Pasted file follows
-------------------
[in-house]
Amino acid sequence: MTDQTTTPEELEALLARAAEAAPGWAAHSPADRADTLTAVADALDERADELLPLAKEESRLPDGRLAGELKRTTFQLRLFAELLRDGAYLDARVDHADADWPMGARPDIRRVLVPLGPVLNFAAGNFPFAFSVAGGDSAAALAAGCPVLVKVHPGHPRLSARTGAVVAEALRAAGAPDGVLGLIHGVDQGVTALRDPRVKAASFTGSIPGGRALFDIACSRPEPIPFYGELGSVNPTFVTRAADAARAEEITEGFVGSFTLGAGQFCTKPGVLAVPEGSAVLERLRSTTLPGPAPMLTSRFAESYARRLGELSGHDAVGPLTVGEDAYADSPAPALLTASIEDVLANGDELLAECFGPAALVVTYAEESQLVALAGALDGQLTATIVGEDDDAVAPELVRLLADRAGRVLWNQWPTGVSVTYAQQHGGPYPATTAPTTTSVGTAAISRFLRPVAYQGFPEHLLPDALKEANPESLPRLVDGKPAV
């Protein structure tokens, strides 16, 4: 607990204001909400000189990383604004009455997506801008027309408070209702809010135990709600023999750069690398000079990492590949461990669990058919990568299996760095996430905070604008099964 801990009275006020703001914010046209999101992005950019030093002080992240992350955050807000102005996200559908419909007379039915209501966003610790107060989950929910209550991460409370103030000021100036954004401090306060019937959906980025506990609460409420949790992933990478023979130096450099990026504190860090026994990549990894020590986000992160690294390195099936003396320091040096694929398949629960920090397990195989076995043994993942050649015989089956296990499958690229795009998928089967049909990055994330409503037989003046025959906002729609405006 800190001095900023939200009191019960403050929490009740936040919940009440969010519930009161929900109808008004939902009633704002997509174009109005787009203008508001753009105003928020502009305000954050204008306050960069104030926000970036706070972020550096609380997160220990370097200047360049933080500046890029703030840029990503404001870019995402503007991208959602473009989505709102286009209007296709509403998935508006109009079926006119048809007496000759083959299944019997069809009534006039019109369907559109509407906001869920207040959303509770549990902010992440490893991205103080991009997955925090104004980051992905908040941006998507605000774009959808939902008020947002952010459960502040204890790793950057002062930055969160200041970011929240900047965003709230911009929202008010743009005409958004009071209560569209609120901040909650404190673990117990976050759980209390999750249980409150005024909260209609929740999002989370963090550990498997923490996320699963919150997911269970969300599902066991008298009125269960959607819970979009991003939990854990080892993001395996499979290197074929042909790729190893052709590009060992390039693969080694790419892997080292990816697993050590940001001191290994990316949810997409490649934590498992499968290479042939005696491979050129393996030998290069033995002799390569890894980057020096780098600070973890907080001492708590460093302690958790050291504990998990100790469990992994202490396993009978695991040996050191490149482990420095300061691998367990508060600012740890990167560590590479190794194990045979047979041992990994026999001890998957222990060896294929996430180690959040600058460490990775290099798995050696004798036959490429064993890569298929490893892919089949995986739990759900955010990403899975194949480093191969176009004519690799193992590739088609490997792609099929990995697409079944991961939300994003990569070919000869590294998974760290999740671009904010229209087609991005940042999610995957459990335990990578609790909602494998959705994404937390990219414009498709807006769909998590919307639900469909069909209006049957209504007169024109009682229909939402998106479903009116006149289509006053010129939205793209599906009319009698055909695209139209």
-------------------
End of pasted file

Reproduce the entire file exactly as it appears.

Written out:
[in-house]
Amino acid sequence: MTDQTTTPEELEALLARAAEAAPGWAAHSPADRADTLTAVADALDERADELLPLAKEESRLPDGRLAGELKRTTFQLRLFAELLRDGAYLDARVDHADADWPMGARPDIRRVLVPLGPVLNFAAGNFPFAFSVAGGDSAAALAAGCPVLVKVHPGHPRLSARTGAVVAEALRAAGAPDGVLGLIHGVDQGVTALRDPRVKAASFTGSIPGGRALFDIACSRPEPIPFYGELGSVNPTFVTRAADAARAEEITEGFVGSFTLGAGQFCTKPGVLAVPEGSAVLERLRSTTLPGPAPMLTSRFAESYARRLGELSGHDAVGPLTVGEDAYADSPAPALLTASIEDVLANGDELLAECFGPAALVVTYAEESQLVALAGALDGQLTATIVGEDDDAVAPELVRLLADRAGRVLWNQWPTGVSVTYAQQHGGPYPATTAPTTTSVGTAAISRFLRPVAYQGFPEHLLPDALKEANPESLPRLVDGKPAV
């Protein structure tokens, strides 16, 4: 607990204001909400000189990383604004009455997506801008027309408070209702809010135990709600023999750069690398000079990492590949461990669990058919990568299996760095996430905070604008099964 801990009275006020703001914010046209999101992005950019030093002080992240992350955050807000102005996200559908419909007379039915209501966003610790107060989950929910209550991460409370103030000021100036954004401090306060019937959906980025506990609460409420949790992933990478023979130096450099990026504190860090026994990549990894020590986000992160690294390195099936003396320091040096694929398949629960920090397990195989076995043994993942050649015989089956296990499958690229795009998928089967049909990055994330409503037989003046025959906002729609405006 800190001095900023939200009191019960403050929490009740936040919940009440969010519930009161929900109808008004939902009633704002997509174009109005787009203008508001753009105003928020502009305000954050204008306050960069104030926000970036706070972020550096609380997160220990370097200047360049933080500046890029703030840029990503404001870019995402503007991208959602473009989505709102286009209007296709509403998935508006109009079926006119048809007496000759083959299944019997069809009534006039019109369907559109509407906001869920207040959303509770549990902010992440490893991205103080991009997955925090104004980051992905908040941006998507605000774009959808939902008020947002952010459960502040204890790793950057002062930055969160200041970011929240900047965003709230911009929202008010743009005409958004009071209560569209609120901040909650404190673990117990976050759980209390999750249980409150005024909260209609929740999002989370963090550990498997923490996320699963919150997911269970969300599902066991008298009125269960959607819970979009991003939990854990080892993001395996499979290197074929042909790729190893052709590009060992390039693969080694790419892997080292990816697993050590940001001191290994990316949810997409490649934590498992499968290479042939005696491979050129393996030998290069033995002799390569890894980057020096780098600070973890907080001492708590460093302690958790050291504990998990100790469990992994202490396993009978695991040996050191490149482990420095300061691998367990508060600012740890990167560590590479190794194990045979047979041992990994026999001890998957222990060896294929996430180690959040600058460490990775290099798995050696004798036959490429064993890569298929490893892919089949995986739990759900955010990403899975194949480093191969176009004519690799193992590739088609490997792609099929990995697409079944991961939300994003990569070919000869590294998974760290999740671009904010229209087609991005940042999610995957459990335990990578609790909602494998959705994404937390990219414009498709807006769909998590919307639900469909069909209006049957209504007169024109009682229909939402998106479903009116006149289509006053010129939205793209599906009319009698055909695209139209």